Woof! 2018 in the Chinese Calendar marks the year of the dog. This furry friend is one of the 12 animals of the Chinese zodiac. In fact, it is the 11th animal and there’s an interesting story behind this!
There was once a race set by the Jade Emperor to decide which animals would make it into the zodiac. The animals had to cross a river, and the order in which the first 12 arrived would determine their position.
The dog originally had a head start (as it was an adept swimmer!), but ended up splashing playfully in the waters (enjoying the warmth of it – losing all track of the race!). By the time it reached the shore, it was in 11th place (silly dog!).
Wàng wàng, 旺旺 (or woof woof) means prosperous. The phrase 旺财, wàng cái (prosperous wealth) is derived from it. Naming a dog “wàng cái” is popular as owners calling after it – seemingly call ‘good fortune’ on themselves.
This lucky pet apparently brings luck our way too! It seems like we have struck gold in welcoming this pet into our house.
People with dogs have a lower probability of suffering from heart attacks in contrast to those non-dog owners. Playing with one’s pets elevates the levels of serotonin and dopamine in our bodies, which calms and relaxes us. Not only that, pet owners’ triglyceride and cholesterol levels – indicators of heart disease- are much lower as compared to those without pets.
If that’s not enough, research has proven that dogs can help with Alzheimer’s patients’ behavioural symptoms. Most patients generally have an inability to deal with stress. Researchers at the University of California at Davis concluded that dogs’ playful interactions, gentleness and positive source of nonverbal communication can decrease aggressive behaviour in Alzheimer’s patients.
Some people attribute this to the dogs’ acute sense of smell, while others think it may be due to intuition (when dogs become attuned to human behaviour and are able to sense behavioural changes before they take place).
Several studies have shown the positive effects of dogs on children since their infancy – one of which includes greater immunity from allergies and asthma.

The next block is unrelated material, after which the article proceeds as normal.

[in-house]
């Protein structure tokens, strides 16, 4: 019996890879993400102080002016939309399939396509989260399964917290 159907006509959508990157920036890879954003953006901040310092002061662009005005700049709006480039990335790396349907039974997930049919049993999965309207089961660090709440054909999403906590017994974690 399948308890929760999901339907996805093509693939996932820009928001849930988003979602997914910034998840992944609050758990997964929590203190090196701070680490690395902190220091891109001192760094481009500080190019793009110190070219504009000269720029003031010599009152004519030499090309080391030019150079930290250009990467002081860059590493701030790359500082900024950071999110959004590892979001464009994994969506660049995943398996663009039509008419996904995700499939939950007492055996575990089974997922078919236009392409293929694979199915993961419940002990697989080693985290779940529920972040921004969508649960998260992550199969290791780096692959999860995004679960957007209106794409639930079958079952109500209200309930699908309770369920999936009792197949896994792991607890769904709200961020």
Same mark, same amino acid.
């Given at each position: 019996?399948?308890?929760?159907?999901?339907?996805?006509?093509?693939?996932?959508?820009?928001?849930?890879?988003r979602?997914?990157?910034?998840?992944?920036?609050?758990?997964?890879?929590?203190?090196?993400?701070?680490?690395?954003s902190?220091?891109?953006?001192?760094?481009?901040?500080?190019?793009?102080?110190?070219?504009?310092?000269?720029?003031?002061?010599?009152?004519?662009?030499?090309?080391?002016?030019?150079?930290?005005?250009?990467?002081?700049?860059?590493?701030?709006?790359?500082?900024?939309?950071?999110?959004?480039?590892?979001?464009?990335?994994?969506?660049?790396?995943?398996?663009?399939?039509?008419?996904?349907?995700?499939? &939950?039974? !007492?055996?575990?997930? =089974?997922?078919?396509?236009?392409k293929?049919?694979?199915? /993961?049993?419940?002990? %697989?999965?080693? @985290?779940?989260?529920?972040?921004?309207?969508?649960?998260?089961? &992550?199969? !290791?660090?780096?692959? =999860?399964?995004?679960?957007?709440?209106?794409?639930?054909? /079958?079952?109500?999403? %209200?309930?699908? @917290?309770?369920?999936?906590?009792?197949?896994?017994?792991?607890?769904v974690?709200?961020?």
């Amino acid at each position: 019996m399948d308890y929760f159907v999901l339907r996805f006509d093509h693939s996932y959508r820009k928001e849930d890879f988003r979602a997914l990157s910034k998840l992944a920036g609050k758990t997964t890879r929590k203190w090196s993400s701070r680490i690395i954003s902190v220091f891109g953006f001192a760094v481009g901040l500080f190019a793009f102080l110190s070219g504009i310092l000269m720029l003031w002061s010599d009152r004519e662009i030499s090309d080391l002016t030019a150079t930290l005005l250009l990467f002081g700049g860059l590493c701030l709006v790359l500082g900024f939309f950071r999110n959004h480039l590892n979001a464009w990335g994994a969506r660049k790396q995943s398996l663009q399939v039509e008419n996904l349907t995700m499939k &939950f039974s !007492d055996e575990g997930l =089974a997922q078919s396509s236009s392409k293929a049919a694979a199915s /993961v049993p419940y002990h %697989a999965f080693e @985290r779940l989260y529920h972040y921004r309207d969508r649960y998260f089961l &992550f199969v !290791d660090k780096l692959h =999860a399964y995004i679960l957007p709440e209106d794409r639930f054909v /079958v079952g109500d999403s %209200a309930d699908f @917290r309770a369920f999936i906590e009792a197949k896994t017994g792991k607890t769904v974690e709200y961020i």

Susan Lynch did a study on this reduced allergy risk. She used two groups of mice that were exposed to cockroach or protein allergens. Her results showed that the group which was less reactive to the allergens – was the group that was exposed to dust from homes with dogs.
Somehow, the early exposure to pets had an effect on the asthma-associated inflammatory responses in the lungs. Further, a bacteria called Lactobacillus Johnsonii was found to be especially useful in preventing airway inflammation (due to allergens) when fed to the mice.
Aren’t dogs amazing? There are so many things to learn about them! As we enter into the year of this incredible creature, we here at Science Centre Singapore wish all our readers a healthy and PAWSperous 2018!
Wishing you a happy year of the dog!
Enjoy Science Centre Singapore’s CNY couplet!
忠狗诚守望高台 , 业务蒸蒸随地起
灵犬敏锐嗅良机 , 迎新旺旺破天荒
The loyal dog faithfully keeps watch to ensure businesses steadily rise and flourish,
The intelligent dog keenly seeks out good opportunities in the new year to usher in breakthroughs.
- *FREE admission to Circus exhibition in Feb!
For those born in the year of the dog, enjoy complimentary entry to Circus! Science Under the Big Top and Snow City for the whole month of February!
- Attractive Combo Ticket Price!
Get ready for a PAWsome time and enjoy great savings with any purchase of a combo ticket (includes entry to SCS + Circus! Science Under the Big Top + Butterflies Up Close/Snow City/Omni-Theatre). More info can be found here.
By Estelle and Janellia
Reviewed by Danny